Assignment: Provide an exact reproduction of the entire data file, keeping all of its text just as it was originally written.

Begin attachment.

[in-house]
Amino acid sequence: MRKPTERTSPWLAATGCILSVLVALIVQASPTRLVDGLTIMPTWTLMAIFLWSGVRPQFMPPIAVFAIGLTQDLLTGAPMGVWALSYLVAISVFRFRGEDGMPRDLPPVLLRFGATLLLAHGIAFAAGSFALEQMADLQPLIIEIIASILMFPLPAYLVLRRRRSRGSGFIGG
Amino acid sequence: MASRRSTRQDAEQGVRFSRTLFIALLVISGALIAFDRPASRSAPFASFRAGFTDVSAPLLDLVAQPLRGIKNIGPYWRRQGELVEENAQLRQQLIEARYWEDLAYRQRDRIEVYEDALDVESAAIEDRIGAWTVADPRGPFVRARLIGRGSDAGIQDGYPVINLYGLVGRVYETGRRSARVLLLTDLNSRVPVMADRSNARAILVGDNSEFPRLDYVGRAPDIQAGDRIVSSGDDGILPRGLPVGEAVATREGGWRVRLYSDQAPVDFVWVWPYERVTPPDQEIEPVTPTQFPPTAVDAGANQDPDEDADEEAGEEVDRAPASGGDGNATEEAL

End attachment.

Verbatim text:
[in-house]
Amino acid sequence: MRKPTERTSPWLAATGCILSVLVALIVQASPTRLVDGLTIMPTWTLMAIFLWSGVRPQFMPPIAVFAIGLTQDLLTGAPMGVWALSYLVAISVFRFRGEDGMPRDLPPVLLRFGATLLLAHGIAFAAGSFALEQMADLQPLIIEIIASILMFPLPAYLVLRRRRSRGSGFIGG
Amino acid sequence: MASRRSTRQDAEQGVRFSRTLFIALLVISGALIAFDRPASRSAPFASFRAGFTDVSAPLLDLVAQPLRGIKNIGPYWRRQGELVEENAQLRQQLIEARYWEDLAYRQRDRIEVYEDALDVESAAIEDRIGAWTVADPRGPFVRARLIGRGSDAGIQDGYPVINLYGLVGRVYETGRRSARVLLLTDLNSRVPVMADRSNARAILVGDNSEFPRLDYVGRAPDIQAGDRIVSSGDDGILPRGLPVGEAVATREGGWRVRLYSDQAPVDFVWVWPYERVTPPDQEIEPVTPTQFPPTAVDAGANQDPDEDADEEAGEEVDRAPASGGDGNATEEAL